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Digital content is shaking up roles in corporate PR

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Content creation now goes beyond the traditional communications such as white papers, press releases or newspaper Op-eds to include engaging videos, GIFs, or infographics on the corporate websites. FILE PHOTO | FOTOSEARCH

The traditional model of corporate communications is undergoing a massive shake-up and perhaps quicker than many would have anticipated.

Fast advancing technology means that corporates are increasingly dealing with more empowered audiences on multiple digital and social channels.

Unlike before when corporate communications teams took advantage of links with a dominant traditional print media to control content through a top-bottom approach, the rise of digital and social media has flipped the game.

They are now faced with a situation popularly referred to as “naked company syndrome” whereby they have no control of content and information and must therefore directly address their stakeholders on an almost real-time basis.

This situation has marked a turning point for corporates, most of which are now redefining the skillset and job description for their corporate communication teams.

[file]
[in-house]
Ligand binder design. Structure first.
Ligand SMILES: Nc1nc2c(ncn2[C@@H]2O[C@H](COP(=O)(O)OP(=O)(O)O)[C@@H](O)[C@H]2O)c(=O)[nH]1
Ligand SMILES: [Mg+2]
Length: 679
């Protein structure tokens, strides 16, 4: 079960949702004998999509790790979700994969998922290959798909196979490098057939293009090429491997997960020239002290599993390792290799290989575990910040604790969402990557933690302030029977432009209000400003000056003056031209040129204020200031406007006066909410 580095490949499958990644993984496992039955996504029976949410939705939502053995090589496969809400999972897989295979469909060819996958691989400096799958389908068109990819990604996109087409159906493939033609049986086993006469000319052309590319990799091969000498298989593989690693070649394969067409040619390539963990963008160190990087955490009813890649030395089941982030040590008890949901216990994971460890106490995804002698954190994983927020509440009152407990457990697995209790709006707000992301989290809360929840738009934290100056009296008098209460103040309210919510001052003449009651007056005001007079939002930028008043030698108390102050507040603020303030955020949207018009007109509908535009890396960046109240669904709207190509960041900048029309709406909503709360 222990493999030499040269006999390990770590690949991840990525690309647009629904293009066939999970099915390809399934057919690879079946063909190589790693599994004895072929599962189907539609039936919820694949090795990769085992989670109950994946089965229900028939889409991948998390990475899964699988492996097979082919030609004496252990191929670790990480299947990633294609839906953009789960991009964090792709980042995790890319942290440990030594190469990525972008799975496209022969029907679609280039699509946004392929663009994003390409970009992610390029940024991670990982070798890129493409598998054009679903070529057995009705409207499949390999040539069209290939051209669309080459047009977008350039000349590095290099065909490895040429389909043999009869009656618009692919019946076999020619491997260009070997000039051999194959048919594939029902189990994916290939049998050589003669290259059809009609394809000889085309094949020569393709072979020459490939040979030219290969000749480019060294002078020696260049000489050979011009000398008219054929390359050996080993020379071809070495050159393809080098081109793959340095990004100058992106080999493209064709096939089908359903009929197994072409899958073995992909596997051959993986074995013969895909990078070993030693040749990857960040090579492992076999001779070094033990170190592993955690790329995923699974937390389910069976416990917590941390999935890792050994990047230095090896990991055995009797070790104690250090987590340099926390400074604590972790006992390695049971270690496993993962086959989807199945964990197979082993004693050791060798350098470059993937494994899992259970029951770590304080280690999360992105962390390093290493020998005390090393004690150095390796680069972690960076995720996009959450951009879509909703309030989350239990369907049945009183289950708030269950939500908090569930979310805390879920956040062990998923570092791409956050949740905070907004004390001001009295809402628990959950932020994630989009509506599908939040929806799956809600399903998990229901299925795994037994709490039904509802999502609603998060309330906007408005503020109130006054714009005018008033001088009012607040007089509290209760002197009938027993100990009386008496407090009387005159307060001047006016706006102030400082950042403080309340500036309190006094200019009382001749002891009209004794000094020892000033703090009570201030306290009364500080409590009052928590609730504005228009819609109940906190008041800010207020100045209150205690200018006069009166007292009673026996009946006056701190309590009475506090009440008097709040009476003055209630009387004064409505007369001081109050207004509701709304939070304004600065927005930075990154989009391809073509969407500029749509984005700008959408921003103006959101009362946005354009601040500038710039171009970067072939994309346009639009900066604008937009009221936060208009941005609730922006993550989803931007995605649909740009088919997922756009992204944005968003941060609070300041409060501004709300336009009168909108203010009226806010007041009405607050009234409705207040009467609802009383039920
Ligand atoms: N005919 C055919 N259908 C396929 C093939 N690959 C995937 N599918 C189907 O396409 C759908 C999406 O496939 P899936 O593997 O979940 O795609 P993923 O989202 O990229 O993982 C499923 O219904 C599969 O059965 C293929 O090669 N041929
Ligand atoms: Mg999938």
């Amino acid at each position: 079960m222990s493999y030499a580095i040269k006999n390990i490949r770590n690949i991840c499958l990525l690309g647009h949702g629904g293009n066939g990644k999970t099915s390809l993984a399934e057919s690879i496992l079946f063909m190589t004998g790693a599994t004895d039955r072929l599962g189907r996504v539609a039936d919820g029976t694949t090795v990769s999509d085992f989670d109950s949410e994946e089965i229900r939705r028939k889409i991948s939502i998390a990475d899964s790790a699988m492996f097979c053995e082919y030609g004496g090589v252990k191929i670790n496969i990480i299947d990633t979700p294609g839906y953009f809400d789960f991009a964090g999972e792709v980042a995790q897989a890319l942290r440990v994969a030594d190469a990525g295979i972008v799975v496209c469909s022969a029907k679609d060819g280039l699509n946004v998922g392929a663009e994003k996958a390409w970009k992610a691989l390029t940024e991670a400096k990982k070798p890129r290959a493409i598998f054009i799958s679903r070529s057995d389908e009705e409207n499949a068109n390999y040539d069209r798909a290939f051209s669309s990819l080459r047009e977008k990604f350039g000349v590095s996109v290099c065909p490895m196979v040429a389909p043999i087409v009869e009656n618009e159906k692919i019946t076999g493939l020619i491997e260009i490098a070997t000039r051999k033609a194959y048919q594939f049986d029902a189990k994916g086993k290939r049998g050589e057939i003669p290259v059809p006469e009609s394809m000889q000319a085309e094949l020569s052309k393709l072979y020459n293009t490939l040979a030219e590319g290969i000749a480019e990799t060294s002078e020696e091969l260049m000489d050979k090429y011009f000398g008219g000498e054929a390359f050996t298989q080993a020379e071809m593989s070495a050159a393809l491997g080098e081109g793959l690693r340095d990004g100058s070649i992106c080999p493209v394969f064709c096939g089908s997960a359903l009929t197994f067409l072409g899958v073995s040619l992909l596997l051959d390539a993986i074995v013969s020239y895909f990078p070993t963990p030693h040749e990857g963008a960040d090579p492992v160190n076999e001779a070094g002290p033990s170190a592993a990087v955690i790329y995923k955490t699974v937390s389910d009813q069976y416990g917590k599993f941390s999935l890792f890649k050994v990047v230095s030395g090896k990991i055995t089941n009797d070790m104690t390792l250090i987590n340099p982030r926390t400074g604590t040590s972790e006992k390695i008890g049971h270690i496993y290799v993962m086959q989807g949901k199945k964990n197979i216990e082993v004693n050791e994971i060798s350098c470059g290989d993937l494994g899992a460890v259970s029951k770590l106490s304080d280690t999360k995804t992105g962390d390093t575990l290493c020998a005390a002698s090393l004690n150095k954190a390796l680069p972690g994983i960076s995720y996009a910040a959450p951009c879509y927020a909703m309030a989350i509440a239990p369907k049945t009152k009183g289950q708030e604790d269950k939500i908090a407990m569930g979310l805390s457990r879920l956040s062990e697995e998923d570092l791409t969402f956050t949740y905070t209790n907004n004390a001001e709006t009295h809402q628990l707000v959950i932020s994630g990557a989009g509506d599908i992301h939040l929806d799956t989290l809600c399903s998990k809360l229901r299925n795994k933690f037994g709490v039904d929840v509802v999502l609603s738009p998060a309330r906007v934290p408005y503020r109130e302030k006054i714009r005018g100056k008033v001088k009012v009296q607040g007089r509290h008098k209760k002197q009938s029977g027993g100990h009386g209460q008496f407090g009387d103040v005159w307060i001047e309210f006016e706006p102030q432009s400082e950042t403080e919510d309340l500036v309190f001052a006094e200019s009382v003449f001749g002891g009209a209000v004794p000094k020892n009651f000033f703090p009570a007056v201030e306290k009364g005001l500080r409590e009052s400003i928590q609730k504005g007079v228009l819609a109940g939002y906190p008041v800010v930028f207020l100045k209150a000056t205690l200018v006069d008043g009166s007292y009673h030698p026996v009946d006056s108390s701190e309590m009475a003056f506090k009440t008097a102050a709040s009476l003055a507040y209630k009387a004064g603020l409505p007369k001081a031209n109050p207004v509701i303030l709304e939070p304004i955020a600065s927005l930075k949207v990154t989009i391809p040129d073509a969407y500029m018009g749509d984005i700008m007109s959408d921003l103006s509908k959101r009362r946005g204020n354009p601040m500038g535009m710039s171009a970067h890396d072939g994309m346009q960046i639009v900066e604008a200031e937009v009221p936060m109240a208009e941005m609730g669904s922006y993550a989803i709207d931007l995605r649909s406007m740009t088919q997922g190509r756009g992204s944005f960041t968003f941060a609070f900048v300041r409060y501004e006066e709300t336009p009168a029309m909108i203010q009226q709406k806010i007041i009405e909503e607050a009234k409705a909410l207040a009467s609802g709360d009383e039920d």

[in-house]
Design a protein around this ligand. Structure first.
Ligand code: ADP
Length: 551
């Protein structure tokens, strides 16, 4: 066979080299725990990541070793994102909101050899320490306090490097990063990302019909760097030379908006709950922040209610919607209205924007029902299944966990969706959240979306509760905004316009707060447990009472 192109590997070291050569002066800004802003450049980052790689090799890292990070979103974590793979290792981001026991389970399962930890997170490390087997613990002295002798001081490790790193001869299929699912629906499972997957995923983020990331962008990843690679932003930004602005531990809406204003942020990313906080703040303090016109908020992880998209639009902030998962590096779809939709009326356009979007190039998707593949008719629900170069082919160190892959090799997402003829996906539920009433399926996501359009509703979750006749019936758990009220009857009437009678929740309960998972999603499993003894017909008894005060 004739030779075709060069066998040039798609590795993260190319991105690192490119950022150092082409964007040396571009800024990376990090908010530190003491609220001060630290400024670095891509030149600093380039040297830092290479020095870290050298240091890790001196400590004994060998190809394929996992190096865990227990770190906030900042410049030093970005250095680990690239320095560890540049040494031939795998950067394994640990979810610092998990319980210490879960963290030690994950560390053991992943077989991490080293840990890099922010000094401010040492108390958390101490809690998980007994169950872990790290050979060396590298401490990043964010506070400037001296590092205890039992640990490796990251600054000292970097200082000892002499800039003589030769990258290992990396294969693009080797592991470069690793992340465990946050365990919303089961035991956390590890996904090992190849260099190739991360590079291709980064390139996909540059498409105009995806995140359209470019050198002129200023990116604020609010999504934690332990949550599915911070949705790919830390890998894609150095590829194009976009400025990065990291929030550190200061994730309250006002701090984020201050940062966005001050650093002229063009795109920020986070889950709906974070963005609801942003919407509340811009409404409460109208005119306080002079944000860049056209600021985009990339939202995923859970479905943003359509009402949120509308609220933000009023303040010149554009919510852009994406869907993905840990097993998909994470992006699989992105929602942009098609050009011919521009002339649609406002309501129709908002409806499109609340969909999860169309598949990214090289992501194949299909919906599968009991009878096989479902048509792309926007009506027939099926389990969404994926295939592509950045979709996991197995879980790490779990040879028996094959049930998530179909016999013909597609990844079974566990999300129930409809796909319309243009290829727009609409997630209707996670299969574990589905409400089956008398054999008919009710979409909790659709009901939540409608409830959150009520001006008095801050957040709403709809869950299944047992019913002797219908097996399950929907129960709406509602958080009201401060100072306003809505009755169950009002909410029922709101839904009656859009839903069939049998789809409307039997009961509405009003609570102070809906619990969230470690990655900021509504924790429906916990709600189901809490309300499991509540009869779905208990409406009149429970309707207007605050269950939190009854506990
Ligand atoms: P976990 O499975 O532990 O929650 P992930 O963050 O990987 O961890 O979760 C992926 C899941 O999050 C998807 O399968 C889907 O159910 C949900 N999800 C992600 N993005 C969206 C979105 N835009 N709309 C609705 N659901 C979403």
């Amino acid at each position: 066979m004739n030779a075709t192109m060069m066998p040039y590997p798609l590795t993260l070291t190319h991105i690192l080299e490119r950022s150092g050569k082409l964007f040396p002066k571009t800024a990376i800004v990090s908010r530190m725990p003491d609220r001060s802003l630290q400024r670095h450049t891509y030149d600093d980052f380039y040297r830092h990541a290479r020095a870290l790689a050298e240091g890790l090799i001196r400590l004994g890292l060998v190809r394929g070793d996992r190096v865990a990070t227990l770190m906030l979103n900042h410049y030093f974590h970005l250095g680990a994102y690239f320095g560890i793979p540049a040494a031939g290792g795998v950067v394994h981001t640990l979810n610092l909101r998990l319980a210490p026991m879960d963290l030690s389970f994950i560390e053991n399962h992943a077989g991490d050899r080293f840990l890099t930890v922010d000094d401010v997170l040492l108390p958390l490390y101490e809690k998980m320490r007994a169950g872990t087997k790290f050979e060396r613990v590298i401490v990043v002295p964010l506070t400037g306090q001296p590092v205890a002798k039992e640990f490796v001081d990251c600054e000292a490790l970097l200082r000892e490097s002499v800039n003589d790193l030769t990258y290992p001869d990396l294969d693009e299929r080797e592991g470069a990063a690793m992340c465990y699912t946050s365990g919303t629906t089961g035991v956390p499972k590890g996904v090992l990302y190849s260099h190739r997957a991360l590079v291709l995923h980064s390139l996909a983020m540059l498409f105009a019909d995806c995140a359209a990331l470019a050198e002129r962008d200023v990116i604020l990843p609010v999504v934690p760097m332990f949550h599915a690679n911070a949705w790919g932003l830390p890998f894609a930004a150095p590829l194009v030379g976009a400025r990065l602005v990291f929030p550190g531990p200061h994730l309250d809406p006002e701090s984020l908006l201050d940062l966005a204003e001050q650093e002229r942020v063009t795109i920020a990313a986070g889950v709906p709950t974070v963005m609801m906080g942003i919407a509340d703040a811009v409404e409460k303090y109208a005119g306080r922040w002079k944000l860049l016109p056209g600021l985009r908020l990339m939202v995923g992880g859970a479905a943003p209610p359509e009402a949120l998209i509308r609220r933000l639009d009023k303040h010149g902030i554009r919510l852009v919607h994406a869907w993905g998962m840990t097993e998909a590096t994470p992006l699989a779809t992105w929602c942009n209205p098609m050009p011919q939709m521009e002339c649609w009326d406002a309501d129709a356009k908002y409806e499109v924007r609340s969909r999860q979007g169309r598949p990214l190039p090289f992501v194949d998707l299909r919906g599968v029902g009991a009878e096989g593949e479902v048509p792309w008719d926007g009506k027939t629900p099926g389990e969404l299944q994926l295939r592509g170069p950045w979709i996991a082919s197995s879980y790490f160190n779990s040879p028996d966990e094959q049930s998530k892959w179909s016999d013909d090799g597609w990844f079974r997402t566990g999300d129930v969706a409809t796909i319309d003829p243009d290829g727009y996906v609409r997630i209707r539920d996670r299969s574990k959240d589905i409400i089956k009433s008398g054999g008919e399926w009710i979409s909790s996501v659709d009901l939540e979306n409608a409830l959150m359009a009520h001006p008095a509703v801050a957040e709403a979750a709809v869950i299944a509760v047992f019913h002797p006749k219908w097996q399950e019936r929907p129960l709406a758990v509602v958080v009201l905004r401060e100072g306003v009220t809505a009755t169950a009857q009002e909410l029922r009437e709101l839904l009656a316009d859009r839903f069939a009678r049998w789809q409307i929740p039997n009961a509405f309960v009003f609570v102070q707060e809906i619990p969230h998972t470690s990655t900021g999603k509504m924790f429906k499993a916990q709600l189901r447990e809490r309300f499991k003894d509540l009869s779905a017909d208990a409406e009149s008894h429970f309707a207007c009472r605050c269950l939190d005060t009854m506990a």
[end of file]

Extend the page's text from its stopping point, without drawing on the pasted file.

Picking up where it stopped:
For example, corporates such as Safaricom, Nestle, and Nike, among others, have recently created and reinforced special positions of content generation units to handle digital storytelling and bolster advocacy of their strategies across a wide range of digital and social channels.

These content management roles notably came with requirements of specific skill sets such as writing and editing, which are critical in advocacy and client engagement.

In the new order, content creation now goes beyond the traditional communications such as white papers, press releases or newspaper Op-eds to include engaging videos, GIFs, or infographics on the corporate websites.

Some corporates are no longer fully reliant on the legacy media platforms to carry their stories and are instead developing content for their websites and social media platforms in a bid to connect better with their target audiences.

As such, content has thus become king in corporate communications, and firms, including public relations agencies, are now scrambling to assemble teams of communicators who can write well or produce high-quality audio-visual as well infographic material that breakdown complex and technical issues into clear and compelling messages.

This shift has seen trained writers, journalists, and data analysts increasingly being absorbed into corporate communications roles to help organisations sharpen their advocacy and audience engagement campaigns.

The incorporation of trained writers and data analysts comes with a double advantage of accurate and moderated messages to limit the negative threats of scepticism by target audiences.

In an era of fake news, most of the content randomly uploaded online by corporates have faced rejection due to misconception as propaganda hence the input of professional writers and data analysts helps to inject objectivity in messaging through the use of neutral language, well-researched statements of fact and supporting data to win the confidence of audiences.

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